Age, sex, versus social life afore-mention as the main focus of this study and as it relate to symbolic consumption.
Age is the whole duration of a being, whether animal, vegetable, or other kind: lifetime (www.ardictionary.com/online)
Both Jahoda (1959) and Estvan (1965), "developing consistent inferences about the owners of certain products is partly a function of the child's age." Findings from both authors showed children line drawings of different settings (e.g., country club versus hovel), people (e.g., blue collar versus white collar), and consumption objects (e.g., expensive versus inexpensive furnishings), and asked them to match the settings, people, and consumption objects that "went together." Both for Jahoda's six-to nine-years-old Scottish children and for Estvan's three-to-12-year-old American children, older children were better able to match statue-congruent stimuli than were better younger children. These findings are compatible with more general studies of the children's statue awareness outside the context of consumption-based inferences (Leahy 1981; simmons and Roseberg 1971; Stendler 1949; Tudor 1971).
Belk, Bahn, and Mayer (1982) cross-examined both status and non statue inferences made by four-to 15-year-old children, by college students, and by older adults, about the owners of various houses and automobiles varying in age, size, and style. They found that four-and five-year- olds' judgements were essentially random and that older children's inferences were progressively more consistent and more similar to those of college students and adults. Both experimental learning and Piaget's (1928) cognitive developmental stage theory support the expectation that children should be better able to make inferences about consumption symbolism as they grow older. While Piaget suggest that preoperational children (roughly ages of seven to 11) and older formal-operational children are more capable of such abstractions, some more recent work (e.g., Ausubel 1958; Donaldson 1978) suggests that such skills show a more than cognitive development.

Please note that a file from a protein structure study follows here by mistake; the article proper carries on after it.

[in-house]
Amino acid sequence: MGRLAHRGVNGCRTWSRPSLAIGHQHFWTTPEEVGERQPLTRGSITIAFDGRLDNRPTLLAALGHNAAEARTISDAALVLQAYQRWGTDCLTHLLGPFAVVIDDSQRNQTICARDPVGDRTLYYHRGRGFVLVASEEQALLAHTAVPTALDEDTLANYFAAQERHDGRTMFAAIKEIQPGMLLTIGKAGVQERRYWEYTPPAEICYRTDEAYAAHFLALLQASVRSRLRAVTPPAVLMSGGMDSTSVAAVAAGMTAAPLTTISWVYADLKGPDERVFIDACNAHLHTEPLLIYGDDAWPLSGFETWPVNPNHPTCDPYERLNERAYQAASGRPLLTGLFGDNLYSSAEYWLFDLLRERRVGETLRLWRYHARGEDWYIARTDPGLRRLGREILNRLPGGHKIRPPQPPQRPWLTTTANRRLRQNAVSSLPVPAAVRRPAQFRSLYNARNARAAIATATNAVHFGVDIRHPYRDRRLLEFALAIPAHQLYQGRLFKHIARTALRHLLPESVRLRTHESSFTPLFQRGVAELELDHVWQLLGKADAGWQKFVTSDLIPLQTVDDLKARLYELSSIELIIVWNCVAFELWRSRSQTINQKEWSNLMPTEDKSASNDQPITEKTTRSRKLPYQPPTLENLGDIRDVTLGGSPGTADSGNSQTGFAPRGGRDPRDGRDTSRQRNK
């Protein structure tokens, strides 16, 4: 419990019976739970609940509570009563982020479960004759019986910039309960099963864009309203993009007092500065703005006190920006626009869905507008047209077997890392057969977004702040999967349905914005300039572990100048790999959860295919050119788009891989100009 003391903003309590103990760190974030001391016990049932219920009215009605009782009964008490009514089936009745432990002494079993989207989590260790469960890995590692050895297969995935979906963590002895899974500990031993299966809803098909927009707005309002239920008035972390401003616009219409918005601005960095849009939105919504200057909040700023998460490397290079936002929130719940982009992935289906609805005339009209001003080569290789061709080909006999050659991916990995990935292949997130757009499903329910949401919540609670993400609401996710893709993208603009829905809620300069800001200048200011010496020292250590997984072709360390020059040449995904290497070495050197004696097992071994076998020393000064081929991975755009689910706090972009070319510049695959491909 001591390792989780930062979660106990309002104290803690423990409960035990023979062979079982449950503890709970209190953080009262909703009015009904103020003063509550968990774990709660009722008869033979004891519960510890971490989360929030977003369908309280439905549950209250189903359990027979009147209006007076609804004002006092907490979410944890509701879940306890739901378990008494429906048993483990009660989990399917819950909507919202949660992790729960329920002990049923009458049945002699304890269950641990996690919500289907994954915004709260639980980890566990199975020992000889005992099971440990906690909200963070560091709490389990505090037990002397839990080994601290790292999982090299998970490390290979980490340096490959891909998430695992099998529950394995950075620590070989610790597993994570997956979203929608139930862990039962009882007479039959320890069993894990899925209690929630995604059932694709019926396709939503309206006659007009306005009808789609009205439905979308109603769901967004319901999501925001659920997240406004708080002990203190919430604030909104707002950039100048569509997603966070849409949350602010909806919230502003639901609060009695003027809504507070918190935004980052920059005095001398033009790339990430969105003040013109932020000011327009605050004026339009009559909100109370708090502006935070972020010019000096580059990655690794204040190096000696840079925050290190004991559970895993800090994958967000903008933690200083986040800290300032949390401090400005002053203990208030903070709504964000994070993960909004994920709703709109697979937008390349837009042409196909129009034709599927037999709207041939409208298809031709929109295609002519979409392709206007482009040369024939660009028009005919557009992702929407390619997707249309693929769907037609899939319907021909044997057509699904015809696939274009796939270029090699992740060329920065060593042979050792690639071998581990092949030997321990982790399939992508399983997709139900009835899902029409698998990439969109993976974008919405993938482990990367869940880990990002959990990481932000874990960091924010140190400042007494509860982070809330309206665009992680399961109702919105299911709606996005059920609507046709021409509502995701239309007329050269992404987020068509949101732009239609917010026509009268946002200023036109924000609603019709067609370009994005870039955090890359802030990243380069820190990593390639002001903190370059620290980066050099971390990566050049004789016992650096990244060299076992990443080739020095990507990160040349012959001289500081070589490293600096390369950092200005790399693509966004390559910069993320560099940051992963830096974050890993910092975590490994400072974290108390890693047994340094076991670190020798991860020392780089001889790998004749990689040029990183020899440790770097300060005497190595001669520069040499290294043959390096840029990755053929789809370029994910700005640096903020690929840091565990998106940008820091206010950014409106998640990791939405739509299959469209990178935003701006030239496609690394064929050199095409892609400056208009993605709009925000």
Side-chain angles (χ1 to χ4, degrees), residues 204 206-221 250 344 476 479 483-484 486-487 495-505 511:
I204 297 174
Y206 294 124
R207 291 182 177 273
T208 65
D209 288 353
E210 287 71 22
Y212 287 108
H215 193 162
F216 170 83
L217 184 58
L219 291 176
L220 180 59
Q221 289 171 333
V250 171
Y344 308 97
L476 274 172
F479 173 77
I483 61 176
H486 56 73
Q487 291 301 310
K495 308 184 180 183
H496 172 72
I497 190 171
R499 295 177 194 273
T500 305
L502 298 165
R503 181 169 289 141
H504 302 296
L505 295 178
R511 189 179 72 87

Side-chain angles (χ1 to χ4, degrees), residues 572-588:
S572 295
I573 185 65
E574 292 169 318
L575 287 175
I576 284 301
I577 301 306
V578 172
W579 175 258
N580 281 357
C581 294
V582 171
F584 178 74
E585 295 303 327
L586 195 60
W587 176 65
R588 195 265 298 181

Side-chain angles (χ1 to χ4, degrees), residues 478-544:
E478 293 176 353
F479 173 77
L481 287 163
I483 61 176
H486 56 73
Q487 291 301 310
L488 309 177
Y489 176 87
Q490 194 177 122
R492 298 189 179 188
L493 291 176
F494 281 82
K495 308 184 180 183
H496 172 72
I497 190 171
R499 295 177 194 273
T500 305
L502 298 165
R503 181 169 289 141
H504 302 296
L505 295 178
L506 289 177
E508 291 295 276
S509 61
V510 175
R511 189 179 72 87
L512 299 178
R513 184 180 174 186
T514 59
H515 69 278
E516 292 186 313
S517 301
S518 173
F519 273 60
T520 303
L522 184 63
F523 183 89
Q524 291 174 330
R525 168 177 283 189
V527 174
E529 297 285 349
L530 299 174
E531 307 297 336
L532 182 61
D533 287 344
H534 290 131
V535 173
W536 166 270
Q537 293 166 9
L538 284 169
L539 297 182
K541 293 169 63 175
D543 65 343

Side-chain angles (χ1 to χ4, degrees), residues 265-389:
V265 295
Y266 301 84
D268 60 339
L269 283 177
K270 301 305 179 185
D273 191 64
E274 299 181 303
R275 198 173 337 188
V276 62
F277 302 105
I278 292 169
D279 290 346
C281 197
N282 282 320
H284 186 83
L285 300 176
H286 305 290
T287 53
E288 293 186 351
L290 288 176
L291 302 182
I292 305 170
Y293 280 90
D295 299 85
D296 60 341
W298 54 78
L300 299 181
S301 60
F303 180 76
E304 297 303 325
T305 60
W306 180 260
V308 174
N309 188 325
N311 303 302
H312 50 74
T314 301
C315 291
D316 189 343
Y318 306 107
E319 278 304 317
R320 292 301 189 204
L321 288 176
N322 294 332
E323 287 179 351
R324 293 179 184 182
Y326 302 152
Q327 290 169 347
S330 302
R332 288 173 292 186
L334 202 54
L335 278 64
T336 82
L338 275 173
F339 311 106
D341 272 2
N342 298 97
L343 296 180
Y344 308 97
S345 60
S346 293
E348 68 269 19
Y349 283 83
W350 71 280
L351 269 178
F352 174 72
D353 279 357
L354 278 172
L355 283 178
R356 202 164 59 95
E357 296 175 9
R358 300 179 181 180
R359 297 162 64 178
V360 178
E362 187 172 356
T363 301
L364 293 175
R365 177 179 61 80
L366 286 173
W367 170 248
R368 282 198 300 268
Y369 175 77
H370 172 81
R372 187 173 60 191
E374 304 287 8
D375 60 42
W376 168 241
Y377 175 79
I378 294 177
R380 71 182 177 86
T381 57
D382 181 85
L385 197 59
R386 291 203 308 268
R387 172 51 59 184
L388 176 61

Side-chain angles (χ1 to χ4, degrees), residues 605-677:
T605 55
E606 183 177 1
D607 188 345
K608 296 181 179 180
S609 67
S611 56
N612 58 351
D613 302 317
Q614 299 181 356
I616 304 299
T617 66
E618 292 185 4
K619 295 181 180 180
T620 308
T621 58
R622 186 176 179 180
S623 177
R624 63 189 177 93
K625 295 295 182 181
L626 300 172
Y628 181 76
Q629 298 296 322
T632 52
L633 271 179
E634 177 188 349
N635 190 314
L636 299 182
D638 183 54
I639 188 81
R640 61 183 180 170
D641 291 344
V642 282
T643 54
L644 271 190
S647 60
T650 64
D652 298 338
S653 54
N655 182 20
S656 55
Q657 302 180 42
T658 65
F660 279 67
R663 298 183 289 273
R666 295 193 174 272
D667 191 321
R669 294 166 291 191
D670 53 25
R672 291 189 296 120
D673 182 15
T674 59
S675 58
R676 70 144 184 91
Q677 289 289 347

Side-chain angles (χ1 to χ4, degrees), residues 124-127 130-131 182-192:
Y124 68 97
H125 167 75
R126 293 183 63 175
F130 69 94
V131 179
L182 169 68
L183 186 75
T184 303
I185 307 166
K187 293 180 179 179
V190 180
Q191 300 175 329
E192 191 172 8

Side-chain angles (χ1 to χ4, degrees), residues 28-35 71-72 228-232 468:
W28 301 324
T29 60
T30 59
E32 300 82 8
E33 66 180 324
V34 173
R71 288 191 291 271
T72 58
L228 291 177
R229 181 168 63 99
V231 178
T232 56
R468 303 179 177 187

Sex the distinguishing peculiarity of male or female in both animals and plant; the assemblage of properties or qualities by which male is distinguished from female. (Webster, 1931).
There is a longstanding hypothesis that is more sensitive and observant judges of human character than are men, but the evidence in support of this hypothesis is quite equivocal. In a review of evidence involving non-consumption-based inferences by adults, Macoby and Jacklin (1974) concluded that there are no observe sex differences in such inferences. In a subsequent review of studies involving non-consumption-based inferences by children as well as adults, Hall (1978) concluded that females may be slightly more sensitive judges than males.
Using consumption stimuli, the results are hardly more conclusive. Hamid (1972) and Belk (1978) found that females were indeed more sensitive judges than males in making inferences based on clothing and other visible consumption cues. Yet in other studies, both Hamid (1968) and Belk, Bahn, and Mayer (1982) found that males made stronger and more consistent person inference. Because the latter study used automobiles and houses as stimuli, it may be that males made clearer inference because these choices are more of part of the traditional male sex role than are choices of clothing and personal accessories (Cohn 1979). A relative argument suggest that male are more socialized to value material incentives ( such as cars and houses) for occupational achievement, while female are socialized to value socially relevant cues ( such as clothing) more highly (Davis and Moore 1945).